Faith helps to make dreams come true

Apr 25, 2016

It’s not easy to start a business from scratch, especially when you are far away from home. However, everything is possible if you do not lose your faith and keep trying to do what you want.

“My name is Angelina and I am 19 years old. Due to military operations in Donetsk City, my family had to leave our native city hastily with one suitcase in our hands. We left everything in Donetsk: a comfortable home, our father's business, our mother’s job, the University where I was studying, and the school that my younger sister attended. Our world was destroyed in the dust,” wrote Angelina, an IDP from Donetsk. She wrote her letter to H.E. Shigeki Sumi, Ambassador Extraordinary and Plenipotentiary of Japan to Ukraine to tell him about her life and thank him for the assistance for IDPs provided by the Government of Japan.

The beginning of this story is similar to that of thousands of other IDPs’ stories, but its outcome is truly fabulous. After relocating to Kiev, the family faced many problems: “We did not know how to carry on. Our modest money reserves rapidly depleted as we paid rent and bought food. My family was depressed. My parents could not find jobs. No one wanted to recruit them as they are over 40 years old,” explained Angelina.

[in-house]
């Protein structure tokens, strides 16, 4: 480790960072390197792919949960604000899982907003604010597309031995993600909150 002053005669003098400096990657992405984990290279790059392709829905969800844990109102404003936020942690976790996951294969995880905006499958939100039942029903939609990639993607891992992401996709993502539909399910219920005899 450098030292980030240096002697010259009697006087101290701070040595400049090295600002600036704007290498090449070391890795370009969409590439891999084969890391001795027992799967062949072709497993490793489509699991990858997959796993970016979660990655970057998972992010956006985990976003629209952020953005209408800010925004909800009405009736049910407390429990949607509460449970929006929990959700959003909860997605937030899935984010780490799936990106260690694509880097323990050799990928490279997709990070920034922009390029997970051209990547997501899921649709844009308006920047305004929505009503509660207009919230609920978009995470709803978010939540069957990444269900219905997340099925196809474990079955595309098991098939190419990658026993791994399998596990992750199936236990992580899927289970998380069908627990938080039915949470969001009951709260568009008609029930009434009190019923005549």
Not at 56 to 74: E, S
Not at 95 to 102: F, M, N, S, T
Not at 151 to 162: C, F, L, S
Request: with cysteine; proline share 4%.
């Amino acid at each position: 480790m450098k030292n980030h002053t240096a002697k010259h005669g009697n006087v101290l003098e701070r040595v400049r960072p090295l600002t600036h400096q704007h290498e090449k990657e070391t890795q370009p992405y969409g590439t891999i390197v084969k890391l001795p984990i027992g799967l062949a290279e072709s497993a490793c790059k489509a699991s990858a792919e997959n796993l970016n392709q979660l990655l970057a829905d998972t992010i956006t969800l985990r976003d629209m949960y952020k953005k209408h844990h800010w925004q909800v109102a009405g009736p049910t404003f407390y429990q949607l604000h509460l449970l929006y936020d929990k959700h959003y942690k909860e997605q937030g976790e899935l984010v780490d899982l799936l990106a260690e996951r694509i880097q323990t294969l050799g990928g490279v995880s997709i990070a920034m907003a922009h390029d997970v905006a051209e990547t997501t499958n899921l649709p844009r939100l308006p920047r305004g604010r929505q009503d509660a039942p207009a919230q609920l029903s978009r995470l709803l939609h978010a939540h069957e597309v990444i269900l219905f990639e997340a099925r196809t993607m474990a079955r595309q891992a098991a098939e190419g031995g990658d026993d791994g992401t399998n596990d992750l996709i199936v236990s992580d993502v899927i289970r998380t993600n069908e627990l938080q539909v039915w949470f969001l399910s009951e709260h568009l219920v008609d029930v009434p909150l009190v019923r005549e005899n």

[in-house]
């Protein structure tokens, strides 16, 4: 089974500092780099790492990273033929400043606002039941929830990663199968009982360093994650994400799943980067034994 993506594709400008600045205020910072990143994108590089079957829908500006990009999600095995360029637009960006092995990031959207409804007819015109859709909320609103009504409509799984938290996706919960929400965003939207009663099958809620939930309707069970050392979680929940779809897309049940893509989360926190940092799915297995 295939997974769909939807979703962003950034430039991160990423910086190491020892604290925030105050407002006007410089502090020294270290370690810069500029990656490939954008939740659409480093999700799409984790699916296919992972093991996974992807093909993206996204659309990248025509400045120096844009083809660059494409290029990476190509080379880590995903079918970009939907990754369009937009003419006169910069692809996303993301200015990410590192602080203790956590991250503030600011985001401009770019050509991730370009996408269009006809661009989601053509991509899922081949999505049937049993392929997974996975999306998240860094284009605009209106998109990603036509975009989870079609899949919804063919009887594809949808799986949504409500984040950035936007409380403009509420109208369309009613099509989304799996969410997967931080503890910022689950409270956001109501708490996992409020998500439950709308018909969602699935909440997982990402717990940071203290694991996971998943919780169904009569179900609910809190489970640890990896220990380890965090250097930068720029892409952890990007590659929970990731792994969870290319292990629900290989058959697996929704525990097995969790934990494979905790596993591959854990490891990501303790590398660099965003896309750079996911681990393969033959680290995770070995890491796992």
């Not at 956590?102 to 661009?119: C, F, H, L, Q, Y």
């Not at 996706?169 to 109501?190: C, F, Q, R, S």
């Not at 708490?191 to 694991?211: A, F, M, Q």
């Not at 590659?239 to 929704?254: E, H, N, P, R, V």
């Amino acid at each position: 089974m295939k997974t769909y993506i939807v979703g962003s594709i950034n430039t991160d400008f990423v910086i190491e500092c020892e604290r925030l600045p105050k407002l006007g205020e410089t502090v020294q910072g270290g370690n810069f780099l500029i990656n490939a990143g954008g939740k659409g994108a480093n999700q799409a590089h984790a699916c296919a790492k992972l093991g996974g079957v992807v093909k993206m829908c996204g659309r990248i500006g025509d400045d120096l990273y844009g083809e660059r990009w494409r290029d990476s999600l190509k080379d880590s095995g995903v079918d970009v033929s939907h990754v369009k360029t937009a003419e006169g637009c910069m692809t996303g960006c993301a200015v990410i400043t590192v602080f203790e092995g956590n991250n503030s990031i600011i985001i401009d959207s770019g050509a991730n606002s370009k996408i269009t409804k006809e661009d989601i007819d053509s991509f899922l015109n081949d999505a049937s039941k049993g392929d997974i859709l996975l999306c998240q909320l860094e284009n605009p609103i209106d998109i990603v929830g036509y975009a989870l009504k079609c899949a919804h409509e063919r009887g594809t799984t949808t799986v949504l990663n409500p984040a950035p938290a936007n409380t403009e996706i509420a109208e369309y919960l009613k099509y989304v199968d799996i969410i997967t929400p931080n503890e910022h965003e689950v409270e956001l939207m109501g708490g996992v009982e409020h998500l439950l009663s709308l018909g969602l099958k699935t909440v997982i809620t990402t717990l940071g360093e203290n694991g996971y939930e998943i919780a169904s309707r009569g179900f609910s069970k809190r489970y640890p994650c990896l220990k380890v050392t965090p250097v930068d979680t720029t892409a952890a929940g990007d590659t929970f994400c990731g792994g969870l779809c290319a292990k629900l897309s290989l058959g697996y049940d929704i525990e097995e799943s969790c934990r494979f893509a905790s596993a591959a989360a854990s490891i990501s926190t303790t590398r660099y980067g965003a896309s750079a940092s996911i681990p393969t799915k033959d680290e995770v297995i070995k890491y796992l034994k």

Then Angelina saw an ad for a business startup grants contest that UNDP, together with the Government of Japan, had announced. Angelina and her parents drafted a business plan proposal in two weeks. “My parents didn’t believe that we could win. They told me that miracles happen only in the fairy tales, that everything is corrupted in the country, and that no one helps anyone. However, I believed, believed in the People of Japan. And here's the result - we got a grant!” Angelina said.

Now Angelina and her parents are honing the family business. They have a small studio to repair clothes and shoes and they have already employed six people - and all of them IDPs. The family is planning to grow their business and launch new sewing studios in the long-term. They have already added some services such as dry cleaning and repairing household equipment.

“We support those IDPs who have the skills necessary to achieve their goals. We want to see Ukraine stable. IDPs who had businesses in their native cities shouldn’t relax and wait for government support. They should run with their business. If they start their own business, they won’t depend on the government support. This will make society more sustainable[JL1] ,” H.E. Shigeki Sumi, Ambassador Extraordinary and Plenipotentiary of Japan to Ukraine noted.

UNDP has supported 254 new business in eight target regions. New bakeries, barber shops, language courses, mushroom farms, pellet production facilities, and dozens of other businesses are being opened by IDPs and local residents of Donbas.

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